10.01.30 Mt. 16:21-23 (Mk. 8:31-33; Lk. 9:21-22) Caesarea Philippi: Suffering Foretold

10.01.30 Caesarea Philippi: SUFFERING FORETOLD

Bill Heinrich  -  Jan 02, 2016  -  Comments Off on 10.01.30 Caesarea Philippi: SUFFERING FORETOLD

10.01.30 Mt. 16:21-23 (See also Mk. 8:31-33; Lk. 9:21-22) Caesarea Philippi                       



21 From then on Jesus began to point out to His disciples that He must go to Jerusalem and suffer many things from the elders, chief priests, and scribes, be killed, and be raised the third day. 22 Then Peter took Him aside and began to rebuke Him, “Oh no, Lord! This will never happen to You!”

23 But He turned and told Peter, Get behind Me, Satan! You are an offense to Me because you’re not thinking about God’s concerns, but man’s.”


“From then on.”  This was the first of four discussions Jesus had with the disciples concerning the future events in Jerusalem.  Most scholars believe this is the beginning point of a major shift of emphasis in the ministry of Jesus. Others believe it began earlier when the leading Pharisees accused Jesus of using the power of Beelzubub (Mt. 10:16-33; 12:22-28). Regardless, no longer did He focus on teaching the crowds with parables, but rather, He prepared His disciples for His coming afflictions and death in Jerusalem. He specifically said,


  1. He had to go to Jerusalem


  1. His rejection would intensify resulting in suffering from the elders, chief priests and scribes, (and the high priest).


  1. He must be killed


  1. He will rise on the third day, Marks says that “after three days.”


The disciples heard but did not understand these four points until after His crucifixion and resurrection. Notice that every time Jesus said that He would die, He also said that He would be raised on the third day.[1] However, the disciples could not comprehend that a messiah who could do the profound miracles that Jesus performed, would die – it was not in their theology.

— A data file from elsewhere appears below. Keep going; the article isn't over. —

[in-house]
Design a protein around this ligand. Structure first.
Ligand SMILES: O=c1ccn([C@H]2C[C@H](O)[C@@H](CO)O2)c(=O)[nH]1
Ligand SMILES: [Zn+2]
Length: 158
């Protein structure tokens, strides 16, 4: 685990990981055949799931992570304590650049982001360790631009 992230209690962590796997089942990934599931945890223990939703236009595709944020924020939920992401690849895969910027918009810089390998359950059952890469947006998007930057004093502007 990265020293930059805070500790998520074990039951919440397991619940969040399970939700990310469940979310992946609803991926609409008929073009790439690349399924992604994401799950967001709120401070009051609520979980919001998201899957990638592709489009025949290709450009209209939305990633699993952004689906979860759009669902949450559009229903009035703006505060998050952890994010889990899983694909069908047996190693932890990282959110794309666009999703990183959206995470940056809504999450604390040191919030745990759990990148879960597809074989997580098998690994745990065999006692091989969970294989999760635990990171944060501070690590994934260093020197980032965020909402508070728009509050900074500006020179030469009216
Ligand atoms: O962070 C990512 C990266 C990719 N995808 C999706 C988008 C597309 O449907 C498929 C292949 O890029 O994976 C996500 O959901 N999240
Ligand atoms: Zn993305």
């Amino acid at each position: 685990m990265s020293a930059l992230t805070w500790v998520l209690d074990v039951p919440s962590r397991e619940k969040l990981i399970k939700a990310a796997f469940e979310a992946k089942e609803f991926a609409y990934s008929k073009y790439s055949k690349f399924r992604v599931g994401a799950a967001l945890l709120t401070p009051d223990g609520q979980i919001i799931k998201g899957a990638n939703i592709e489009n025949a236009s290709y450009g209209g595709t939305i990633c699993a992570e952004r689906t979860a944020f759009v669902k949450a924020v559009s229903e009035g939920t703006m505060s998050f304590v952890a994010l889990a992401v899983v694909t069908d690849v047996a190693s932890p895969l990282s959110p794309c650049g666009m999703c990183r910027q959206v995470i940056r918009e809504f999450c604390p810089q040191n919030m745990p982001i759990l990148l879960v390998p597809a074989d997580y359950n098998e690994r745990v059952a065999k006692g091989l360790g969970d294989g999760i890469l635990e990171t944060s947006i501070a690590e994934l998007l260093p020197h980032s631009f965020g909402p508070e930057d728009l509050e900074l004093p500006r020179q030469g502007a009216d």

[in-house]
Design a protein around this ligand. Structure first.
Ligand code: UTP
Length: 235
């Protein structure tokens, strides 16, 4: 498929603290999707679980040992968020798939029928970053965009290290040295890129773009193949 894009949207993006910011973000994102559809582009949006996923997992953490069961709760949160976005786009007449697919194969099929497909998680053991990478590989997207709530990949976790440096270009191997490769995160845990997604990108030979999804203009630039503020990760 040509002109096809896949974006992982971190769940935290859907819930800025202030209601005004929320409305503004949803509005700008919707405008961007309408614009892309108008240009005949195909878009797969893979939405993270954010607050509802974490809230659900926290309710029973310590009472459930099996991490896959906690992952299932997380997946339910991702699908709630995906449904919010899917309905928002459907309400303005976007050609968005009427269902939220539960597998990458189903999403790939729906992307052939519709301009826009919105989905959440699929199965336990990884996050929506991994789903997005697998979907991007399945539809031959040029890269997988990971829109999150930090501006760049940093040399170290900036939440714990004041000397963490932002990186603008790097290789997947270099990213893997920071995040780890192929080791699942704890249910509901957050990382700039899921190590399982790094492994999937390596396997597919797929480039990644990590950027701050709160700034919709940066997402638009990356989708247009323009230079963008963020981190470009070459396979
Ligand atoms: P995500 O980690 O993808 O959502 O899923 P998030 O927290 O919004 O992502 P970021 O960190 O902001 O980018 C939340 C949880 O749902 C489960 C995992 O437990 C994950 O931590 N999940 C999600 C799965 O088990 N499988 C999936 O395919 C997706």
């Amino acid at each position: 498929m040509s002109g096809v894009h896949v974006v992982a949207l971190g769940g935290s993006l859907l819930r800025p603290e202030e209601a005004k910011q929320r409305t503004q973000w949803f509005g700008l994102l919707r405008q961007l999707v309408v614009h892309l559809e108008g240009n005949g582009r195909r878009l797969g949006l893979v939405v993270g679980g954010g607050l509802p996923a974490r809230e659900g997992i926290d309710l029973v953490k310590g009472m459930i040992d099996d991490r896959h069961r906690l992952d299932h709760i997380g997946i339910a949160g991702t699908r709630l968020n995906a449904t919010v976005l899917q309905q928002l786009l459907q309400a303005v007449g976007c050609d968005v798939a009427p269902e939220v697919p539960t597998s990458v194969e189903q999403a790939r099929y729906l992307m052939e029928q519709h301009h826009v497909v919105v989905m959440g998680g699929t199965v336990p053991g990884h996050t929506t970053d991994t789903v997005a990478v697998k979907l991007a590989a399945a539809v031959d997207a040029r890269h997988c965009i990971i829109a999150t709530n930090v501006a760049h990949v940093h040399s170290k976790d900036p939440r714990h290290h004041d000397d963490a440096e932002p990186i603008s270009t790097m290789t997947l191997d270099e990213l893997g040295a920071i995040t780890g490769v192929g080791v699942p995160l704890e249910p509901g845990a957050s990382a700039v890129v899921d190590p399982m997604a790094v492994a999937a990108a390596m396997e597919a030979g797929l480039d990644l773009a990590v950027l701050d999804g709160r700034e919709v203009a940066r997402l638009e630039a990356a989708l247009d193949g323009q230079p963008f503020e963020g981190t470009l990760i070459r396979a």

At this point the disciples were beginning to wonder if Jesus truly was the messiah.  And for good reason – in the Old Testament the messiah beings an eternal kingdom, so how could it be possible for Him to die? It has been suggested that for the purpose of encouraging their weakening faith, God the Father then orchestrated the Transfiguration – an event in which the Shekinah Glory was profoundly displayed.


“Get behind Me Satan!”  These words spoken by Jesus were harsh because He was tempted by Satan in the wilderness and understood that He would have to die. Jesus did not mean that Peter was demon-possessed or unsaved but rather that it was Satan’s plan not to have Jesus die for the sins of humanity.  The name Satan literally means Adversary.[2] Peter, by his ignorance, was being used by Satan in an attempt to derail this divine plan by keeping Jesus from going to the cross where He would become the sacrifice for the sin of the world. The core issue is that Peter, of course, did not want Jesus to die.  However, Satan did not want Jesus to die either. Peter and the other disciples still did not realize that Jesus would have to die, or there would be no resurrection; no victory over death and its power; and no divine sacrifice for the sins of those who would place their faith in Christ Jesus. One must wonder if Jesus had previously changed Simon’s name to Peter because of the firmness of his faith, or because of the hardness of his head.[3]


It should be noted that some translators have translated this passage slightly differently.[4]  It should be noted, however, that the variation does not matter and, in fact, Luke (9:21-27) does not even record the rebuke. The key point is that discipleship in the Kingdom of God has no room for compromise. Every believer must be both committed and obedient.


“You are an offense to Me.”  Jesus, who called Peter a rock, now used a word play and called him a stumbling block, a different kind of rock.[5]  Peter had good intentions but they were not in line with the message or mission of Jesus.

[1]. The first time Jesus predicted His death was in Mt. 16:21-28; Mk. 8:31-35, and Lk. 9:21-27.  The second time was in Mt. 17:22-23; Mk. 9:30-32 and Lk. 9:44-45. And the third time was in Mt. 20:17-19; Mk. 10:32-34 and Lk. 18:31-34.


[2]. Barclay, “Matthew.” 2:149.


[3]. Lang, Know the Words of Jesus. 298-300.


[4]. Stoutenburg, “’Out of My Sight!’, ‘Get Behind Me!’, or ‘Follow After Me1’; There is No Choice in God’s Kingdom.” 173-88.


[5]. Foster and King, Binding and Loosening. 164.

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